Monday, March 5, 2018

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Latte Libs

Liberalism has always been the Achilles’ heel of Unionism. In his latest Fearless Flying Column today, controversial political commentator Dr John Coulter analyses how the so-called ‘Latte Libs’ within the Protestant community have played right slap bang into the hands of Sinn Fein.

I told you so! That’s the message I’m sending to the 100 plus signatories of a letter from liberals from the Unionist community who have supposedly united in a call for an inclusive debate on rights which would cross the sectarian divide.

In July 2015, I penned a warning in the Irish Daily Star urging Unionism not to get sucked into the republican movement’s political ‘fluffy bunny’-style, pussy-footing to Unionism.

Then I warned that Sinn Fein can further undermine the Union by sucking up to the rapidly emerging legion of ‘Latte Libs’ in the Protestant community. ‘Latte’ what, I hear you ask? Unionists are presently in electoral fear of the so-called ‘Garden Centre Prods’.

These are stereotype Protestants who stay at home on polling day, creating the impression these Unionists would rather visit a garden centre than a voting booth.

But in recent years, and especially since the signing of the notorious Stormont House Agreement, a new weapon has emerged for republicans to ‘bash the Brits’ – the Latte Libs, short for Latte Liberals from the Protestant community.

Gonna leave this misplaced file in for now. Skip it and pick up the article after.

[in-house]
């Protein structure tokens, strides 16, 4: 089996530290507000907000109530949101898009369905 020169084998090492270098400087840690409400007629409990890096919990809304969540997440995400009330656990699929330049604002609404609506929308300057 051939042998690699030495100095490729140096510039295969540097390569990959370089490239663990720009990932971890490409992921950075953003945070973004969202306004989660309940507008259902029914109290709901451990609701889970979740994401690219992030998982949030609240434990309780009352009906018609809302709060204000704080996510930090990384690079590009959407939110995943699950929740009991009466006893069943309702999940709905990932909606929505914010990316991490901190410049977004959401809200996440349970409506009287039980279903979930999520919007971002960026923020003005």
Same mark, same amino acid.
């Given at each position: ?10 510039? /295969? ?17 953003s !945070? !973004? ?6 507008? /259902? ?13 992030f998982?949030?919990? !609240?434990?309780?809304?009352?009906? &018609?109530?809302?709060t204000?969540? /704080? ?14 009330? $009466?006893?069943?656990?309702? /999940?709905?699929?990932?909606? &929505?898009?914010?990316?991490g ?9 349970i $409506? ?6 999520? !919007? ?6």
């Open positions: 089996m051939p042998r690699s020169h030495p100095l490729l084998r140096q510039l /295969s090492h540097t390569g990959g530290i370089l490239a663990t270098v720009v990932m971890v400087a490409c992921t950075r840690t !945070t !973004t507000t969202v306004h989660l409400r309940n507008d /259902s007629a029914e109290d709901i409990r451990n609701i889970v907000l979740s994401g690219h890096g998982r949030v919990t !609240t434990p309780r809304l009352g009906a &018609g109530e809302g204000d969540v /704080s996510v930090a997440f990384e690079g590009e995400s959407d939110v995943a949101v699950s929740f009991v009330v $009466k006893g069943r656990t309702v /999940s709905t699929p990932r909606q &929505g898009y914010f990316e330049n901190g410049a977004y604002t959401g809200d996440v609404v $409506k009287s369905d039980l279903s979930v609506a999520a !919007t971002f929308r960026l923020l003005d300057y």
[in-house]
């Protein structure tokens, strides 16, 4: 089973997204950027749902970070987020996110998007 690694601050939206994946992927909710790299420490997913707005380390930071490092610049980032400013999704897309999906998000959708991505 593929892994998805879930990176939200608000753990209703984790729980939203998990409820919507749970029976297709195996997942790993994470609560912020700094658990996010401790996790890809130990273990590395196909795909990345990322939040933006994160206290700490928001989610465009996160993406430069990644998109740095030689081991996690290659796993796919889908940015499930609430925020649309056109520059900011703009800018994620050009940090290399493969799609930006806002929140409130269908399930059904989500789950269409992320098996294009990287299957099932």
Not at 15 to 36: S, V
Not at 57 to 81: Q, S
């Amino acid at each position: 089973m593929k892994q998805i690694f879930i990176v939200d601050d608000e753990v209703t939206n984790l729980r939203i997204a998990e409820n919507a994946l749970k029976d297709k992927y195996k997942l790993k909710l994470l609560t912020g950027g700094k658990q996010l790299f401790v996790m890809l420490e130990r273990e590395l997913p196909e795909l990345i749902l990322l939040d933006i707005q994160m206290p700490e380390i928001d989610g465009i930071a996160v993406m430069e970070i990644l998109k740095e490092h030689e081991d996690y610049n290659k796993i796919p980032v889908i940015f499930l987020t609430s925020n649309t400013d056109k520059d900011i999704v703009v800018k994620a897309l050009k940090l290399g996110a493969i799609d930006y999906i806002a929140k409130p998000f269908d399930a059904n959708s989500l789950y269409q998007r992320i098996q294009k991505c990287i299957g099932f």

The stereotype is that these Protestants drink copious amounts of latte coffee while planning how to undermine any Unionist to the Right of the Alliance Party.

While the Garden Centre Prod brigade remains at home, the Latte Libs are active in political life, especially in the Alliance and Green parties, as well as in liberal Unionism, and have many activists within the mainstream Protestant denominations, such as Irish Methodism, the Church of Ireland, and the Irish Presbyterian Church, the North’s largest Protestant denomination.

Such has been the quietly growing influence of the Latte Libs that even the once-hardline Unionist parties, the DUP and UUP, are locked in a bitter battle for the centre vote in the North. Without any question of a doubt, the liberal Unionist trend, which was once a powerful lobby in the pre-Great War Home Rule era, is flexing its political muscles once again.

In July 2015, I noted in the Irish Daily Star:

The Shinners should abandon their policy of baiting the Orange Order and the Unionist parties and leave the job to the Latte Libs. Northern Sinn Fein should focus on finishing off the Stoops and ensuring an electorally serious dissident republican political movement does not emerge.

In the 2016 and 2017 Assembly polls and especially the Westminster General Election, Sinn Fein all but booted the moderate nationalist SDLP into the political scrap heap.

One attribute the Latte Libs are noted for - they have as much dislike for the Protestant Loyal Orders as the nationalist residents’ groups which oppose contentious parades.

Many of these Latte Libs are lukewarm on speaking out vehemently on defending the Union. The Latte Libs would contend that the Good Friday Agreement has secured Northern Ireland’s place in the UK, so the constitutional debate is over.##Tactically, the main standard bearer of the Latte Libs is the Alliance Party, which has clearly recognised that republicans will not transfer to Alliance and that campaigning west of the River Bann is both a waste of time and money. In reality, Alliance presence in those constituencies now dominated by Sinn Fein is merely a token to dispel the political myth that Alliance is really only an East NI movement.